Section 5 reviews data from the provincial government and Statistics Canada that help us to construct at least a partial picture of corporate investment in energy R&D, and the implications of this out-sourced investment for the orientation of university research.

Finally, Section 6 summarizes the cumulative data on funding priorities by areas of research, highlights the evidence of changes of direction over time, and discusses the implications of our findings for the universities’ role as producers of the knowledge needed to advance ecologically and socially sustainable development in Alberta.

The report documents—for the first time using systematized rather than only anecdotal data—the allocation of research investment in the areas of energy, environment, and sustainability, at the University of Alberta and the University of Calgary. The findings confirm the heavy weighting of this investment toward fossil-fuels-related research and technology development centred in the faculties of engineering. Highlights of the findings include:

  • Of the NSERC funding to energy, environment, and sustainable development areas of research at the universities of Alberta and Calgary since 1999, 63 per cent has gone to fossil-fuels-related (FFR) research. Only 11 per cent has gone to alternative energies, and less than 3 per cent to sustainable development research.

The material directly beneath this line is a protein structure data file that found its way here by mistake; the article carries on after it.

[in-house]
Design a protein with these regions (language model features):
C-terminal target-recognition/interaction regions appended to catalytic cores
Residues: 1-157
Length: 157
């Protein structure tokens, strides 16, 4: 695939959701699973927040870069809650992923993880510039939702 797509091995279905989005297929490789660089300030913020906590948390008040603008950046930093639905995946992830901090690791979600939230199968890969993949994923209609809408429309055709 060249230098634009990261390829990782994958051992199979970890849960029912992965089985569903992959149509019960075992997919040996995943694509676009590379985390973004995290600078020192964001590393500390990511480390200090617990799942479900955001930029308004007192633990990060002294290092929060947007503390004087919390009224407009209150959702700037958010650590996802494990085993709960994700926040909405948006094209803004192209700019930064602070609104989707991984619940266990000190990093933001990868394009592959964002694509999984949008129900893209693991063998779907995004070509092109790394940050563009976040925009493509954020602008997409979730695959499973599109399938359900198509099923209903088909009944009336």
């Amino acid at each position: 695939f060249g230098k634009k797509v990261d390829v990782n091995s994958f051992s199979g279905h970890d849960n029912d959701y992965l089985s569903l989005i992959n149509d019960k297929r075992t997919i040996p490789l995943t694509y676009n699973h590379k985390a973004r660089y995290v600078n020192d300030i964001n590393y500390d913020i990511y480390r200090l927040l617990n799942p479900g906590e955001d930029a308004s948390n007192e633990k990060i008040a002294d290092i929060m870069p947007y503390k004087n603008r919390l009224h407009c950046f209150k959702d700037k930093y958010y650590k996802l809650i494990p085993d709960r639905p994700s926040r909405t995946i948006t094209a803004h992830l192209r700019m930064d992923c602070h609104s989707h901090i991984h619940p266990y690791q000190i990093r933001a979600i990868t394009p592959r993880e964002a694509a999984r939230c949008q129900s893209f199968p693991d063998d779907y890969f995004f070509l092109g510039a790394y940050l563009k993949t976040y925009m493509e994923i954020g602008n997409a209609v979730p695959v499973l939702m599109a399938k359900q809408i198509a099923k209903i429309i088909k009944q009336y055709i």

• The number of NSERC-funded researchers in FFR-areas at the universities of Alberta and Calgary grew from 50 in 1999/00 to 138 in 2015/16, while during the same period the number working on renewable energies grew from 0 to 23 and the number of environmental researchers increased from 47 to 105.
  • Of the CFI funding awarded in these areas to the universities of Alberta, Calgary, and Lethbridge, since 1998, the largest recipient was fossil-fuels-related research ($41.7 million, followed by environmental research ($39.2 million) and alternative energies ($9 million).
  • The provincial government has committed approximately $3.4 billion to corporate tax credits for R&D in the energy sector since 2004.
  • Another $3 billion in provincial funding for centres, institutes, or research chairs dedicated to fossil-fuels-related R&D has been documented for the period since 1997.
  • The provincial funding of $6.4 billion for fossil-fuels-related R&D compares to $241 million spent on R&D in renewable energies, energy efficiency and conservation, fuel cells, and biofuels research, and $190 million on environmental and sustainable development research.
  • Forty-five per cent of the Climate Change Emissions Management Fund’s disbursements to corporations for R&D since 2010 have been allocated to fossil-fuels-related projects.
  • Of the 25 Canada Research Chairs funded by the NSERC since 2000 (at the universities of Alberta and Calgary) in the area of energy, 16 were in fossil-fuels-related research. By comparison, 11 CRCs were created in environmental areas.
  • Of the 36 Industrial Research Chairs created in the Energy domain over the same period, 35 were in fossil-fuels-related research. Only three IRCs were created in the environmental area.